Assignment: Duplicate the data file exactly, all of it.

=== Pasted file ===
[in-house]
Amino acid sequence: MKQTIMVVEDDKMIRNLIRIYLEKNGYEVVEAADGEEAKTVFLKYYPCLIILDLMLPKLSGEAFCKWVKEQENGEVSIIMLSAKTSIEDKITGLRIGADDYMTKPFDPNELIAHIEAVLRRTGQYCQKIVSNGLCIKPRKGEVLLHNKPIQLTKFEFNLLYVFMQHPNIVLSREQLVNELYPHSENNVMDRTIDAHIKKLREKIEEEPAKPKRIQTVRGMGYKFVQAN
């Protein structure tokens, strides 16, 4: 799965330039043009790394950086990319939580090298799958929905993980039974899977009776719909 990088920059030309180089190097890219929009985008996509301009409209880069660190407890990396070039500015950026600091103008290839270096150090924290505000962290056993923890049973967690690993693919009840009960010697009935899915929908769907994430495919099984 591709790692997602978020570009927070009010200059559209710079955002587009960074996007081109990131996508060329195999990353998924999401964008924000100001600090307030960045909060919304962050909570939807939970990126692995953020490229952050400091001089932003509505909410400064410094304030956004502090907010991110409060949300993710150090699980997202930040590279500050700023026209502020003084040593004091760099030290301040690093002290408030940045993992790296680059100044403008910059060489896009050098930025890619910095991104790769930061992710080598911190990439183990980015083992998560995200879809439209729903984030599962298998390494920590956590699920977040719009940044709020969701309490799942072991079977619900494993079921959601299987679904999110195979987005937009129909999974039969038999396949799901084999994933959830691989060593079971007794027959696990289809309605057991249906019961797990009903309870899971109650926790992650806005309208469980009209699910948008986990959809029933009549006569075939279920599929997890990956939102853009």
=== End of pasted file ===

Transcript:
[in-house]
Amino acid sequence: MKQTIMVVEDDKMIRNLIRIYLEKNGYEVVEAADGEEAKTVFLKYYPCLIILDLMLPKLSGEAFCKWVKEQENGEVSIIMLSAKTSIEDKITGLRIGADDYMTKPFDPNELIAHIEAVLRRTGQYCQKIVSNGLCIKPRKGEVLLHNKPIQLTKFEFNLLYVFMQHPNIVLSREQLVNELYPHSENNVMDRTIDAHIKKLREKIEEEPAKPKRIQTVRGMGYKFVQAN
């Protein structure tokens, strides 16, 4: 799965330039043009790394950086990319939580090298799958929905993980039974899977009776719909 990088920059030309180089190097890219929009985008996509301009409209880069660190407890990396070039500015950026600091103008290839270096150090924290505000962290056993923890049973967690690993693919009840009960010697009935899915929908769907994430495919099984 591709790692997602978020570009927070009010200059559209710079955002587009960074996007081109990131996508060329195999990353998924999401964008924000100001600090307030960045909060919304962050909570939807939970990126692995953020490229952050400091001089932003509505909410400064410094304030956004502090907010991110409060949300993710150090699980997202930040590279500050700023026209502020003084040593004091760099030290301040690093002290408030940045993992790296680059100044403008910059060489896009050098930025890619910095991104790769930061992710080598911190990439183990980015083992998560995200879809439209729903984030599962298998390494920590956590699920977040719009940044709020969701309490799942072991079977619900494993079921959601299987679904999110195979987005937009129909999974039969038999396949799901084999994933959830691989060593079971007794027959696990289809309605057991249906019961797990009903309870899971109650926790992650806005309208469980009209699910948008986990959809029933009549006569075939279920599929997890990956939102853009």